Understanding the “likes” and “dislikes” of each of the 16 types was something both Isabel Briggs Myers and Mary McCaulley wrote about. CPP’s MBTI® Interpretive Report for Organizations does a nice job of covering this. It is one of my favorite Step I™ reports to use in most work settings. When I talk about type, I like to point out that any type (that is, anyone with any preferences) can do anything. Yet people’s work environment can increase or decrease their satisfaction along with the tasks the occupation requires. The “Work Environments” section of chapter 12 in the MBTI® Manual, for example, includes research from Quenk and Albert on the work setting preferences of physicians. Anyone with any preferences can be a physician, but a physician’s work environment can significantly affect his or her satisfaction. As someone who prefers NF, if I were a physician (I’m not), I would find most satisfaction in a work environment that I felt encouraged the long-term development of my patients. If I felt like I wasn’t making a valuable difference in my patients’ lives, then I might burn out more quickly. As someone who prefers INFP, I would find most satisfaction as a physician in an environment that honors my values and allows independence in my approach with patients. To learn more, check out the MBTI® Manual: A Guide to the Development and Use of the Myers-Briggs Type Indicator® Instrument (3rd edition). It includes a great table (Table 12.7) detailing the five most important work environment characteristics for each type. It is important to remember that other factors, such as physical and mental health, interests, and values can have an impact on personality preferences. Find out more by reading my last...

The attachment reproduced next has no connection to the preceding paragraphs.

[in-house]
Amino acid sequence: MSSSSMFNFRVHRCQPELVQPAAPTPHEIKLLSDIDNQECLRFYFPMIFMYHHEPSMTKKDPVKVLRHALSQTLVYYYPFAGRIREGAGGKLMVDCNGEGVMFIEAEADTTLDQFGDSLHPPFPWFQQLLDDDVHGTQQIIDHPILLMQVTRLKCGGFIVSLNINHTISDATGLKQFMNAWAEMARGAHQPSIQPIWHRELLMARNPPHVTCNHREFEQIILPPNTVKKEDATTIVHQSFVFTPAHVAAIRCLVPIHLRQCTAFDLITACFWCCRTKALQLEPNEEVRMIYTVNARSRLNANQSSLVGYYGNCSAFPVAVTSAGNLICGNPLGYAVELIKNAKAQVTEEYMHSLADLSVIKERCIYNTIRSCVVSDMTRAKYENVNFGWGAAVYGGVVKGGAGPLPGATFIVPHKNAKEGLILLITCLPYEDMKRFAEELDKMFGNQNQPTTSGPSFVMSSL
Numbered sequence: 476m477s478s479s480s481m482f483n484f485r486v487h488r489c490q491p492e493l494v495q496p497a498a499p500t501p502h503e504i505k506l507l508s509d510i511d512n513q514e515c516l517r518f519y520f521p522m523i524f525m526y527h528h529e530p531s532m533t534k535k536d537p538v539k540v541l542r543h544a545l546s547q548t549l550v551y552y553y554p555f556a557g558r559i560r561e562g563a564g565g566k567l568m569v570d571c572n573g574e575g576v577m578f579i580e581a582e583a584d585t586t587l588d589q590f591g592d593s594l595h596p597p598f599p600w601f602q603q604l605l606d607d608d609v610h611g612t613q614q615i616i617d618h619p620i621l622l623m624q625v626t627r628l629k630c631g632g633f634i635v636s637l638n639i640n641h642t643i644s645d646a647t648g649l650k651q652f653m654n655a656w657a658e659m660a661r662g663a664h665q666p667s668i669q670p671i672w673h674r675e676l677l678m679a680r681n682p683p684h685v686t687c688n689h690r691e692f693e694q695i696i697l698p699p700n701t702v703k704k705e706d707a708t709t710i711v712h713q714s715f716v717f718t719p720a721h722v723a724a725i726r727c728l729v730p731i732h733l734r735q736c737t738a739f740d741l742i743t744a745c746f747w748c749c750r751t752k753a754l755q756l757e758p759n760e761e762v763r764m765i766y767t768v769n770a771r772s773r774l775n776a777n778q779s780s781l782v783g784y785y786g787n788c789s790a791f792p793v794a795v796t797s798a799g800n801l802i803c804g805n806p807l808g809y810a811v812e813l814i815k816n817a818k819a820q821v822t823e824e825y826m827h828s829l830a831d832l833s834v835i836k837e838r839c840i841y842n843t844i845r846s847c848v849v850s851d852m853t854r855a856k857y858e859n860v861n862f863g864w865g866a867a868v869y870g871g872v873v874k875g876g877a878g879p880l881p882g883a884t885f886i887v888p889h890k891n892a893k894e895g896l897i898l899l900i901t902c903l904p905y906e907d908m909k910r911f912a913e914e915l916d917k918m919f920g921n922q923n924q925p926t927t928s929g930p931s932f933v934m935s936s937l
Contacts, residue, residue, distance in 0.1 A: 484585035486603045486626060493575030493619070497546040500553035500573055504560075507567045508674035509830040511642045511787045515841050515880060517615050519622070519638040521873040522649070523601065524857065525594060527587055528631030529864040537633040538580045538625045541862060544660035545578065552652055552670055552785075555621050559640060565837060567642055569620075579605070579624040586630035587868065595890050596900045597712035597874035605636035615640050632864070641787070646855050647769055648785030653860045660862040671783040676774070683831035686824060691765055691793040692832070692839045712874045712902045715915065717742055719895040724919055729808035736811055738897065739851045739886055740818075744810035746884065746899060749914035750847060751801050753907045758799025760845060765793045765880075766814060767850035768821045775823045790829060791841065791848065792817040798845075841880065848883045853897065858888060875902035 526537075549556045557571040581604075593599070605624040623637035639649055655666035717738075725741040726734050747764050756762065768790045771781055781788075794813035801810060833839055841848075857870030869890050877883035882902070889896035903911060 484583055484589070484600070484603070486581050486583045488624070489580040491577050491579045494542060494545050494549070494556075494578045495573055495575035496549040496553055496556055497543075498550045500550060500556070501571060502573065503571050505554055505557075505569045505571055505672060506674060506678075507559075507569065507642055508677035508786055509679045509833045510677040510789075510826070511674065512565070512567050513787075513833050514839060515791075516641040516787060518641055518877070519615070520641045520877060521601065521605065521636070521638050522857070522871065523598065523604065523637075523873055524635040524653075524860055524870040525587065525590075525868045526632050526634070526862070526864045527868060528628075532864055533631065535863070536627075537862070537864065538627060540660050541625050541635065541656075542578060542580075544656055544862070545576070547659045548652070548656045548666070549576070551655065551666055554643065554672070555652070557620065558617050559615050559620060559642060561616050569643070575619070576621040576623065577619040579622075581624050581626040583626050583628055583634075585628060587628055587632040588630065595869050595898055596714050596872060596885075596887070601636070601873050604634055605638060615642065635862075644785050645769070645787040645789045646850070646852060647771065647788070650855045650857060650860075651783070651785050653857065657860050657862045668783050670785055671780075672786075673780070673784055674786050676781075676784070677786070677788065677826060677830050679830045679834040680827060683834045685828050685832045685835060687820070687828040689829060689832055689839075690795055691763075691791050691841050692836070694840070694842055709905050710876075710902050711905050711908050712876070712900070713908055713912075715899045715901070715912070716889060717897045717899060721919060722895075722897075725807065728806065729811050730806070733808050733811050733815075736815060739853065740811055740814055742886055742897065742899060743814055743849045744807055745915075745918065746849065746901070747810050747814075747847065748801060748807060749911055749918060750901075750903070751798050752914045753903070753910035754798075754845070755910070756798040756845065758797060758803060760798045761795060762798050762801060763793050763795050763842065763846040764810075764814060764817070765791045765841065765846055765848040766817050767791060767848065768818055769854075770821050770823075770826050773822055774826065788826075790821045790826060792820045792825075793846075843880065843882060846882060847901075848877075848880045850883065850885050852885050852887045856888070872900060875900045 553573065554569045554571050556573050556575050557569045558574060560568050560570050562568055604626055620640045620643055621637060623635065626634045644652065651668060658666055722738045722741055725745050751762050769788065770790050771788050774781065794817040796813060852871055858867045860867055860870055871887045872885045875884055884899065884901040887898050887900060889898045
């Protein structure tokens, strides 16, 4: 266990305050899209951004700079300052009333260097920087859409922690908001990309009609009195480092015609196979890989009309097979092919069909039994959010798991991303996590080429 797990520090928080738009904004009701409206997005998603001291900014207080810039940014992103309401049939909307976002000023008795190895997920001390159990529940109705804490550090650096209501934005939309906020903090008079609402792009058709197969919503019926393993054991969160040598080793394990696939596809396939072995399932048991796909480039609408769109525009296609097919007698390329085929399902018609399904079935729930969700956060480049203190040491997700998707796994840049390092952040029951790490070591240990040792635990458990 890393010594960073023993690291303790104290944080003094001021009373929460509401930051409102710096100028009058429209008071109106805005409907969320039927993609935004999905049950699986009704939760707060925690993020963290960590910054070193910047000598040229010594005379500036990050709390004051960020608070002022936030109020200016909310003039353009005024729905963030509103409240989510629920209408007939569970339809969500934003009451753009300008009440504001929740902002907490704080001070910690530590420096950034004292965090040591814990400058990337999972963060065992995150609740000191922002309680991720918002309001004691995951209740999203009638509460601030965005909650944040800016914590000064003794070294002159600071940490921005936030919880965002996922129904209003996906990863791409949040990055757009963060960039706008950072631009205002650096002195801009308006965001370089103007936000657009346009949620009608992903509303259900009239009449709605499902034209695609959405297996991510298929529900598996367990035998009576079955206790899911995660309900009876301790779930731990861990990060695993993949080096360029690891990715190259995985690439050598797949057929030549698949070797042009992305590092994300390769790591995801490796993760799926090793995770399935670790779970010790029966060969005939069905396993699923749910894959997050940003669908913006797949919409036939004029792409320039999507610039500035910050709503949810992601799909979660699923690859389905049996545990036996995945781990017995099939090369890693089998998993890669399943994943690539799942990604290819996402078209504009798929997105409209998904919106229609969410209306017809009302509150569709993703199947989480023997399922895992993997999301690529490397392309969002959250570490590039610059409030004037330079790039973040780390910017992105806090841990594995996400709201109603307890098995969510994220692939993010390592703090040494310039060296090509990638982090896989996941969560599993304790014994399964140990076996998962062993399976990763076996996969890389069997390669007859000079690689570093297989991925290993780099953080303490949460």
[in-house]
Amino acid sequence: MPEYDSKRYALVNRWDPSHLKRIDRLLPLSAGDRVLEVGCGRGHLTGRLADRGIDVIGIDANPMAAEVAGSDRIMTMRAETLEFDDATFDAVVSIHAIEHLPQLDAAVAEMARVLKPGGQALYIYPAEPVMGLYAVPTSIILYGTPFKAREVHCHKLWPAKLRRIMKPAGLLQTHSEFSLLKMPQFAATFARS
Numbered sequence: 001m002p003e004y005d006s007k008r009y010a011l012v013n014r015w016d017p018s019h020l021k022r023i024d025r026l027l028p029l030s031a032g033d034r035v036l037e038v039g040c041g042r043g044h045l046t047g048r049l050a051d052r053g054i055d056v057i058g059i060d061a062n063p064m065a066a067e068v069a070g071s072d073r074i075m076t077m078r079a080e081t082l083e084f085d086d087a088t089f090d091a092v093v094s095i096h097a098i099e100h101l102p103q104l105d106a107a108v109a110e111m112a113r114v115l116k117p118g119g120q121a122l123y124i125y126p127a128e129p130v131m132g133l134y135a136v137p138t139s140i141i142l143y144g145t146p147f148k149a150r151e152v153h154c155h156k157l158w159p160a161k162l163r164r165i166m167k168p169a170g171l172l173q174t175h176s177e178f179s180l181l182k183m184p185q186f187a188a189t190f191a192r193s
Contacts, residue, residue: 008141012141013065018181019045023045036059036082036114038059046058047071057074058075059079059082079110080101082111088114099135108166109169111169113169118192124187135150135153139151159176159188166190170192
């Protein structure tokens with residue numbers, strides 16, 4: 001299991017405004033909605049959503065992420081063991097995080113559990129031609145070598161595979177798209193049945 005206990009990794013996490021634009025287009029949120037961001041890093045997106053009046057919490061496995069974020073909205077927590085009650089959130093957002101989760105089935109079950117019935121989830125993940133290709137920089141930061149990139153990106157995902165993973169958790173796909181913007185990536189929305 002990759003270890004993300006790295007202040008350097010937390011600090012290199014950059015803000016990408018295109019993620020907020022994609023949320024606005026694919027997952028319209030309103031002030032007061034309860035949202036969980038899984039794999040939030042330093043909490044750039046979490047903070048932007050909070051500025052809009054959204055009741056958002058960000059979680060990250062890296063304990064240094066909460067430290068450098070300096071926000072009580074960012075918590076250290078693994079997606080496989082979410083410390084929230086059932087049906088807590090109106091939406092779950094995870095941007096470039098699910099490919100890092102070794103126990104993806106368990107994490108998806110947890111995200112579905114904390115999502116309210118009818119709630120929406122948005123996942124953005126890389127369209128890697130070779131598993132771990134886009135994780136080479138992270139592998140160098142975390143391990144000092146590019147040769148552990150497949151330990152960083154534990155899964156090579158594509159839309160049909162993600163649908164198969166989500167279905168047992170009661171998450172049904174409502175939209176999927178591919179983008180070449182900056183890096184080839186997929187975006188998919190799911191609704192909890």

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Type and Career—Assumptions